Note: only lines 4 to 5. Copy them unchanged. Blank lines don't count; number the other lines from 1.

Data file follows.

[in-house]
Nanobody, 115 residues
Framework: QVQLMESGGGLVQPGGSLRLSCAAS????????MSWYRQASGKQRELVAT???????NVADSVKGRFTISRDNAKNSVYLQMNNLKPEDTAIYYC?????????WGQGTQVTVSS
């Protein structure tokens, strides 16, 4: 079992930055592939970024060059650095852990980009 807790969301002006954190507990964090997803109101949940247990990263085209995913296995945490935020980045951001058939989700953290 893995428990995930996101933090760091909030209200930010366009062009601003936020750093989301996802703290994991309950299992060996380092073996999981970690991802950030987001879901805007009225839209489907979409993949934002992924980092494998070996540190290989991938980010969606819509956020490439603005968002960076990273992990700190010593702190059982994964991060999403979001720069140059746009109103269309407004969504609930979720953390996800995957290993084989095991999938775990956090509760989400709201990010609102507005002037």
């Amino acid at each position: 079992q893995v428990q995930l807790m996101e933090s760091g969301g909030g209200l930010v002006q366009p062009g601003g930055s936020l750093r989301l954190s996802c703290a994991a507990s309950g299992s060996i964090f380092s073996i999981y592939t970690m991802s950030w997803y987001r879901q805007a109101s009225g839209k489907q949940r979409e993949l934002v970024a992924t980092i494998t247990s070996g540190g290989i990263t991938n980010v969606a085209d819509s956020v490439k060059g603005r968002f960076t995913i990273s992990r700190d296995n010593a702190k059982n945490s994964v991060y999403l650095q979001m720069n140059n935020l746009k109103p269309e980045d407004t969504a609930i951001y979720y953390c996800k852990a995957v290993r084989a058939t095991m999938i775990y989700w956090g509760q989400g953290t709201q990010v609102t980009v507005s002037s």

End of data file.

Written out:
């Protein structure tokens, strides 16, 4: 079992930055592939970024060059650095852990980009 807790969301002006954190507990964090997803109101949940247990990263085209995913296995945490935020980045951001058939989700953290 893995428990995930996101933090760091909030209200930010366009062009601003936020750093989301996802703290994991309950299992060996380092073996999981970690991802950030987001879901805007009225839209489907979409993949934002992924980092494998070996540190290989991938980010969606819509956020490439603005968002960076990273992990700190010593702190059982994964991060999403979001720069140059746009109103269309407004969504609930979720953390996800995957290993084989095991999938775990956090509760989400709201990010609102507005002037």
């Amino acid at each position: 079992q893995v428990q995930l807790m996101e933090s760091g969301g909030g209200l930010v002006q366009p062009g601003g930055s936020l750093r989301l954190s996802c703290a994991a507990s309950g299992s060996i964090f380092s073996i999981y592939t970690m991802s950030w997803y987001r879901q805007a109101s009225g839209k489907q949940r979409e993949l934002v970024a992924t980092i494998t247990s070996g540190g290989i990263t991938n980010v969606a085209d819509s956020v490439k060059g603005r968002f960076t995913i990273s992990r700190d296995n010593a702190k059982n945490s994964v991060y999403l650095q979001m720069n140059n935020l746009k109103p269309e980045d407004t969504a609930i951001y979720y953390c996800k852990a995957v290993r084989a058939t095991m999938i775990y989700w956090g509760q989400g953290t709201q990010v609102t980009v507005s002037s």